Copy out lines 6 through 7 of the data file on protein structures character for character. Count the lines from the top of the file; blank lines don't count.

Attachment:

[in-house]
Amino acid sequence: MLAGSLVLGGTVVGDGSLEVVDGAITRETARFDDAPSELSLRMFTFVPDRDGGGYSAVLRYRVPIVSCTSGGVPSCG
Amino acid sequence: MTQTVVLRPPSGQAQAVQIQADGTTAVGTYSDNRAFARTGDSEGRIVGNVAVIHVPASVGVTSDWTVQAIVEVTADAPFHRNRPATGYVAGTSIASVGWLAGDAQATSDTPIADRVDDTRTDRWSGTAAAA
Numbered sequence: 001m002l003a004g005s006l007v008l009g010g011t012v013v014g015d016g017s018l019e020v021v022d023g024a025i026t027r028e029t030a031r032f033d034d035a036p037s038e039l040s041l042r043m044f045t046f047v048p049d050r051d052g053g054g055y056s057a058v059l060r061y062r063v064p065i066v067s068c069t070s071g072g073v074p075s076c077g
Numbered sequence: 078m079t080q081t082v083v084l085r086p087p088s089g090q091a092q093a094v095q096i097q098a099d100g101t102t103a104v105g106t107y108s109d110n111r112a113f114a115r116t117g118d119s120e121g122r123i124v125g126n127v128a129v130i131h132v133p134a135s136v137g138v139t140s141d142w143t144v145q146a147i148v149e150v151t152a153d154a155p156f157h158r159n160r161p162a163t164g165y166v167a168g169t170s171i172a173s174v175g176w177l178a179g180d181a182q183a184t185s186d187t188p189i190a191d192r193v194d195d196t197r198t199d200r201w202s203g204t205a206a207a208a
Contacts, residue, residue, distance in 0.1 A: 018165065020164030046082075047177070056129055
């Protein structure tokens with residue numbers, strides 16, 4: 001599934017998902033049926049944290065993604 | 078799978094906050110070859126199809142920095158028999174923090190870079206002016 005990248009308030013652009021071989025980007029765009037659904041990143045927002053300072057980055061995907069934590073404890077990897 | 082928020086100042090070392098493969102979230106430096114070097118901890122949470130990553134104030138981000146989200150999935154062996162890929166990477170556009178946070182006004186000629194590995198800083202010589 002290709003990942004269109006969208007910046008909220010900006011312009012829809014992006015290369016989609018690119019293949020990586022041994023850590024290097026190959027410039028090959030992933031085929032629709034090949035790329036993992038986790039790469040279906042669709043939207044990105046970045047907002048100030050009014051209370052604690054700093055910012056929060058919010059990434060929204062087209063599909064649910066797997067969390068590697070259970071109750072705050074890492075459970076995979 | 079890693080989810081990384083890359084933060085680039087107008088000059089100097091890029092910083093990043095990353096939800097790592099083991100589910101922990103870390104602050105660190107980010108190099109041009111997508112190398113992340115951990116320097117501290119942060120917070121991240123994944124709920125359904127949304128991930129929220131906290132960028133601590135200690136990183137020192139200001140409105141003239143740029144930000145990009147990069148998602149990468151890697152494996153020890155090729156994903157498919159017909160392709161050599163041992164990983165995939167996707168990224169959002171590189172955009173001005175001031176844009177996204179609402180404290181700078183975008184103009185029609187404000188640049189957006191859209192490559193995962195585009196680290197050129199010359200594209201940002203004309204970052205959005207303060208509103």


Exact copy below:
Contacts, residue, residue, distance in 0.1 A: 018165065020164030046082075047177070056129055
């Protein structure tokens with residue numbers, strides 16, 4: 001599934017998902033049926049944290065993604 | 078799978094906050110070859126199809142920095158028999174923090190870079206002016 005990248009308030013652009021071989025980007029765009037659904041990143045927002053300072057980055061995907069934590073404890077990897 | 082928020086100042090070392098493969102979230106430096114070097118901890122949470130990553134104030138981000146989200150999935154062996162890929166990477170556009178946070182006004186000629194590995198800083202010589 002290709003990942004269109006969208007910046008909220010900006011312009012829809014992006015290369016989609018690119019293949020990586022041994023850590024290097026190959027410039028090959030992933031085929032629709034090949035790329036993992038986790039790469040279906042669709043939207044990105046970045047907002048100030050009014051209370052604690054700093055910012056929060058919010059990434060929204062087209063599909064649910066797997067969390068590697070259970071109750072705050074890492075459970076995979 | 079890693080989810081990384083890359084933060085680039087107008088000059089100097091890029092910083093990043095990353096939800097790592099083991100589910101922990103870390104602050105660190107980010108190099109041009111997508112190398113992340115951990116320097117501290119942060120917070121991240123994944124709920125359904127949304128991930129929220131906290132960028133601590135200690136990183137020192139200001140409105141003239143740029144930000145990009147990069148998602149990468151890697152494996153020890155090729156994903157498919159017909160392709161050599163041992164990983165995939167996707168990224169959002171590189172955009173001005175001031176844009177996204179609402180404290181700078183975008184103009185029609187404000188640049189957006191859209192490559193995962195585009196680290197050129199010359200594209201940002203004309204970052205959005207303060208509103």